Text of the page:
Wild Comfort

Some books touch you in just the right way, like a warm ray of sunshine on a chilly morning. Lately, that book for me has been Wild Comfort by Kathleen Dean Moore.

Reading it on Whidbey Island helps me to remember why it is I come to the island. I come for a piece of nature that I don’t find anywhere else. The book makes me evaluate what truly makes me happy, and it’s this place. But why?

When I retreat to the woods, curled up in a chair in a screened-in porch, I feel like I’m reaching for memories from my childhood. I have memories of being out in the Minnesota woods, next to a small lake. A friend’s family owned the cabin, and I spent many weekends of my youth there.

It was a special place, and still is, even though I haven’t been there in years. I remember mornings of fresh, homemade waffles. These weren’t just any waffles. They were legendary. A secret recipe that had to be combined with an old and very specific waffle maker. Even if you had the secret recipe, you could never replicate these waffles.

There were mornings that I would go and find fresh flowers to put in a small vase, and my friend’s mom always appreciated them, even if they were flowers she’d planted or simply weeds.

I spent hours weaving through trails spanning acres of fields and trees. The fields always had butterflies. I was specifically concerned with the Monarch butterfly, searching all the milkweed plants for eggs and the black, white and yellow striped caterpillars. I’d put them in my little carrier and feed them until they grew, and I’d release them back into the wild. I saved many caterpillars from the natural fate some of them faced when flies laid their eggs in the caterpillars. It wasn’t a pretty sight when your chrysalis birthed maggots instead of a butterfly.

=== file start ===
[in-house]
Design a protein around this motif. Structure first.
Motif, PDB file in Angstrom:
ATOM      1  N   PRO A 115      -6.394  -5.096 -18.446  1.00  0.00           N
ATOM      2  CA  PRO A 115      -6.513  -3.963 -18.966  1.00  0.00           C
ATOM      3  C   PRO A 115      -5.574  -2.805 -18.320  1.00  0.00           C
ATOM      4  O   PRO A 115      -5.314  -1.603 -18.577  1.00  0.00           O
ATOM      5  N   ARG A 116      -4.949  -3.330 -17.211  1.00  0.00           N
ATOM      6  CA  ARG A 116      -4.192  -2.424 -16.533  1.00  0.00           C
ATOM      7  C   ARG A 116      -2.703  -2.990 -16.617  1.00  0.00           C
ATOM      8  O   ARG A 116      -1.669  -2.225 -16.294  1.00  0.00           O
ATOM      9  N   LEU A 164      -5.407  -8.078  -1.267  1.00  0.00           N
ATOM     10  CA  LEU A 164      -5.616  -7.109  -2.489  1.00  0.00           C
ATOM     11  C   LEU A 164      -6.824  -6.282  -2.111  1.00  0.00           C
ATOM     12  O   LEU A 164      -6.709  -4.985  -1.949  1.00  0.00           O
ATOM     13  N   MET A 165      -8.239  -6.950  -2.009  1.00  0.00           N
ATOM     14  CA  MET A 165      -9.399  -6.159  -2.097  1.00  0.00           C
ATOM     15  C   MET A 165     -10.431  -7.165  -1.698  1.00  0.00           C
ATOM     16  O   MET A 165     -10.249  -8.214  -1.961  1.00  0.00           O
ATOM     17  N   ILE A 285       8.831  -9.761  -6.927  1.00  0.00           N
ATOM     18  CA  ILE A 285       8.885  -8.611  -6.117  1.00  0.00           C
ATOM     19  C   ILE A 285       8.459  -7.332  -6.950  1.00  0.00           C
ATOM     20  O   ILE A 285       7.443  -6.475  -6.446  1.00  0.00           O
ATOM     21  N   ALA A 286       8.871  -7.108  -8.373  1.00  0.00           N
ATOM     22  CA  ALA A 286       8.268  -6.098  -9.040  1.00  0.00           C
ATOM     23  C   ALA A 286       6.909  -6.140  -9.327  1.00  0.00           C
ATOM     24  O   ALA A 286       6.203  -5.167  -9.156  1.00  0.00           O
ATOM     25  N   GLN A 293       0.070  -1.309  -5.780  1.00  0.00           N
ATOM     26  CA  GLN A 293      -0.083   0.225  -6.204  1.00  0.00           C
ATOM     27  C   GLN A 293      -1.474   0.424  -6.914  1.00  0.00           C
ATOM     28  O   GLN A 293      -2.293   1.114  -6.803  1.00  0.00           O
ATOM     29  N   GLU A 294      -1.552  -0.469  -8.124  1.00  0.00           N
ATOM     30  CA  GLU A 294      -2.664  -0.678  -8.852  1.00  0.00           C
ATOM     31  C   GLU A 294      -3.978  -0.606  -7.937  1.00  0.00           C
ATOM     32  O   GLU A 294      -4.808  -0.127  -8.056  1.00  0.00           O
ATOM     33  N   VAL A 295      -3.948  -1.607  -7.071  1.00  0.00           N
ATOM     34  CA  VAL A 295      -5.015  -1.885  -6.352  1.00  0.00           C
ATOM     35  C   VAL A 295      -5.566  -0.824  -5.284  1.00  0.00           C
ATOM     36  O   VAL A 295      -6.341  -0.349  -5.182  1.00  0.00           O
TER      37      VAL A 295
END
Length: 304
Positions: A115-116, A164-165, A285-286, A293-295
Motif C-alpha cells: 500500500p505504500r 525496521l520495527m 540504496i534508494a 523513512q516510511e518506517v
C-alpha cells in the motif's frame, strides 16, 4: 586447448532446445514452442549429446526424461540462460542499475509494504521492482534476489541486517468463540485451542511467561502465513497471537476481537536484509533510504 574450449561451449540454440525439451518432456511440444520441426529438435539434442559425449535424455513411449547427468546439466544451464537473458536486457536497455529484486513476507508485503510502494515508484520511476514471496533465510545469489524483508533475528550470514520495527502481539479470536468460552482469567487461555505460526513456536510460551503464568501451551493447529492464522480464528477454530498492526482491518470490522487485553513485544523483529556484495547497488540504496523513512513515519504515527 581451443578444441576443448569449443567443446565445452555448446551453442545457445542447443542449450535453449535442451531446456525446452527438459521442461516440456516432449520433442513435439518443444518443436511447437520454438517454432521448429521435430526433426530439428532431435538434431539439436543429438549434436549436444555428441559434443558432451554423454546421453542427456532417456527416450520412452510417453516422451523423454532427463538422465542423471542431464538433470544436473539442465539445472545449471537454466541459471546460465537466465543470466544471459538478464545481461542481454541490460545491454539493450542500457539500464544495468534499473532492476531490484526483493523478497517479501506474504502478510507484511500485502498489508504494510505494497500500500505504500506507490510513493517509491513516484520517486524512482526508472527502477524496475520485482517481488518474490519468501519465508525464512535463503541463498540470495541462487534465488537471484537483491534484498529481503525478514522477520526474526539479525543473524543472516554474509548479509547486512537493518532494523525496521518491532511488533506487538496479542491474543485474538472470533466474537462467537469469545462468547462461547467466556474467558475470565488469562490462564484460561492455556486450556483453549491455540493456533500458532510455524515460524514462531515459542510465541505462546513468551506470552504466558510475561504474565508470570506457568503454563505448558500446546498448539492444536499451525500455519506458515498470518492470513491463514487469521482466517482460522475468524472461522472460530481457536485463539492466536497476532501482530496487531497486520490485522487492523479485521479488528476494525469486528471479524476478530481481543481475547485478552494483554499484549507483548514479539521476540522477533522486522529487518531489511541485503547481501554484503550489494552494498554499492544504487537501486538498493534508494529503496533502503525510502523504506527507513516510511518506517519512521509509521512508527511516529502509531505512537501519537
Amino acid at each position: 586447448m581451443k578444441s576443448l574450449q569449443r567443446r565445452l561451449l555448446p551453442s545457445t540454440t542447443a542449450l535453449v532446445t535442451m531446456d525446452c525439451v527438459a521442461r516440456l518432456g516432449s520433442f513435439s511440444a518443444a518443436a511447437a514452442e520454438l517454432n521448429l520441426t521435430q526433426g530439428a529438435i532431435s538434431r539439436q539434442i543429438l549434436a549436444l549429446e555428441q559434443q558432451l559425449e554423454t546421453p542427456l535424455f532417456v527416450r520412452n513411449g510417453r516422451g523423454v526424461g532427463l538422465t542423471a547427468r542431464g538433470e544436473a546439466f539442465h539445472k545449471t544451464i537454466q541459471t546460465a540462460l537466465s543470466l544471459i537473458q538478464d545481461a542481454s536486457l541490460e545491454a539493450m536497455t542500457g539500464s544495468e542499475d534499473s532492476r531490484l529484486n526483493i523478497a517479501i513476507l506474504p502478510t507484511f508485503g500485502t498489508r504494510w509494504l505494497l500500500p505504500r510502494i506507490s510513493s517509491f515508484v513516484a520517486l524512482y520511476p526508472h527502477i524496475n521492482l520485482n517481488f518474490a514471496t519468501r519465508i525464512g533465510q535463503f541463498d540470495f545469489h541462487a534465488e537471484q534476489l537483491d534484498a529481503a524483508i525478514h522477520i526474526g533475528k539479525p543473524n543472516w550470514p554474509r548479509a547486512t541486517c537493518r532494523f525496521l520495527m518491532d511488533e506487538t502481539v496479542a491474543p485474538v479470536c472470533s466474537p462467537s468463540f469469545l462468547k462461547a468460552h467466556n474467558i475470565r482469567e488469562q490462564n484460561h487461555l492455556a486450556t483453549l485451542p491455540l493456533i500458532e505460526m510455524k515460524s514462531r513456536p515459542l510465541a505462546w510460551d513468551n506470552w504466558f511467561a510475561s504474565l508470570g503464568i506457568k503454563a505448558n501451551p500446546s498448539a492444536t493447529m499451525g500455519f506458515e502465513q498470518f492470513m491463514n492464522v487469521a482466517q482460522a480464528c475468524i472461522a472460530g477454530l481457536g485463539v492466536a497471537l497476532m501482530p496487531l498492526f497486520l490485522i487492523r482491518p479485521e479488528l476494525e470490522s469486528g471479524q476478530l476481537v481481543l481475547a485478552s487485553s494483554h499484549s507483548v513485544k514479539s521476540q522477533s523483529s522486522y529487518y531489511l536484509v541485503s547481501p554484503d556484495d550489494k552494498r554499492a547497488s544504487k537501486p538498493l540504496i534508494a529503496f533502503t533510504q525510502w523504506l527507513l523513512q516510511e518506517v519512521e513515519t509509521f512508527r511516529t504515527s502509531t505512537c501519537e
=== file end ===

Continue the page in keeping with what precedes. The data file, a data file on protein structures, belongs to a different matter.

My friend and I collected many insects as pets, releasing many, while some died in their jar. There were many fireflies that didn’t quite make it, but I still have those memories of catching the little specks of light on those muggy summer nights.

We had many books that told us what kinds of insects and mushrooms we’d found, and we were always learning. We learned the hard way sometimes, when the beetle you were playing with left a stink on your hands that couldn’t be washed off.

We’d sit on the deck and watch the lake through the trees while cicadas hummed in the branches. Later, we’d go down to that lake and head off in a boat, fishing for lilypads. Of course, it was never the intention to catch the lilypad, but sometimes that’s what happens when you’re trying to stealthily land your hook in the hiding places of the fish.

All these memories surface when I come to the island and hide away in the woods. Those nostalgic moments make me happy, and they carry me into the next phase of my life where I will make new memories on this island. Until then, I will continue to try and recapture those lost moments of my past. I’ll sit back and listen to Josh Groban’s self-titled album from 2001, the music that takes me back to that little lake in Minnesota.

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